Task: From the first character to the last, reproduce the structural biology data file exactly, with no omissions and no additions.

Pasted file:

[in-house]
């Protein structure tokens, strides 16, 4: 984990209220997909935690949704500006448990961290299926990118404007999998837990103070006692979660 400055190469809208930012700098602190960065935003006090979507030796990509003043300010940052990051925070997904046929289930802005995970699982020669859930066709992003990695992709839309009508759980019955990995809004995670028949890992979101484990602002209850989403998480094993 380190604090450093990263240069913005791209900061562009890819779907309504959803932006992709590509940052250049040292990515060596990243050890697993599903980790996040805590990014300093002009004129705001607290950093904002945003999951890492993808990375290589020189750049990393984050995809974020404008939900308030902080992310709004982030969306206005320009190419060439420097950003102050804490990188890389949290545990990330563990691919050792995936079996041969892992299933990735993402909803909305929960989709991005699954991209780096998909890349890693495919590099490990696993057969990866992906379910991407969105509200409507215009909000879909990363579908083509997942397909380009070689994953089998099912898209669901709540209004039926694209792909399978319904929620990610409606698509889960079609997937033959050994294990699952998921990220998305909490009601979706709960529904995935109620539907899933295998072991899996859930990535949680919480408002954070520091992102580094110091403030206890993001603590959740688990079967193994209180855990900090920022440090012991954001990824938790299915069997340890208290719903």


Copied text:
[in-house]
């Protein structure tokens, strides 16, 4: 984990209220997909935690949704500006448990961290299926990118404007999998837990103070006692979660 400055190469809208930012700098602190960065935003006090979507030796990509003043300010940052990051925070997904046929289930802005995970699982020669859930066709992003990695992709839309009508759980019955990995809004995670028949890992979101484990602002209850989403998480094993 380190604090450093990263240069913005791209900061562009890819779907309504959803932006992709590509940052250049040292990515060596990243050890697993599903980790996040805590990014300093002009004129705001607290950093904002945003999951890492993808990375290589020189750049990393984050995809974020404008939900308030902080992310709004982030969306206005320009190419060439420097950003102050804490990188890389949290545990990330563990691919050792995936079996041969892992299933990735993402909803909305929960989709991005699954991209780096998909890349890693495919590099490990696993057969990866992906379910991407969105509200409507215009909000879909990363579908083509997942397909380009070689994953089998099912898209669901709540209004039926694209792909399978319904929620990610409606698509889960079609997937033959050994294990699952998921990220998305909490009601979706709960529904995935109620539907899933295998072991899996859930990535949680919480408002954070520091992102580094110091403030206890993001603590959740688990079967193994209180855990900090920022440090012991954001990824938790299915069997340890208290719903």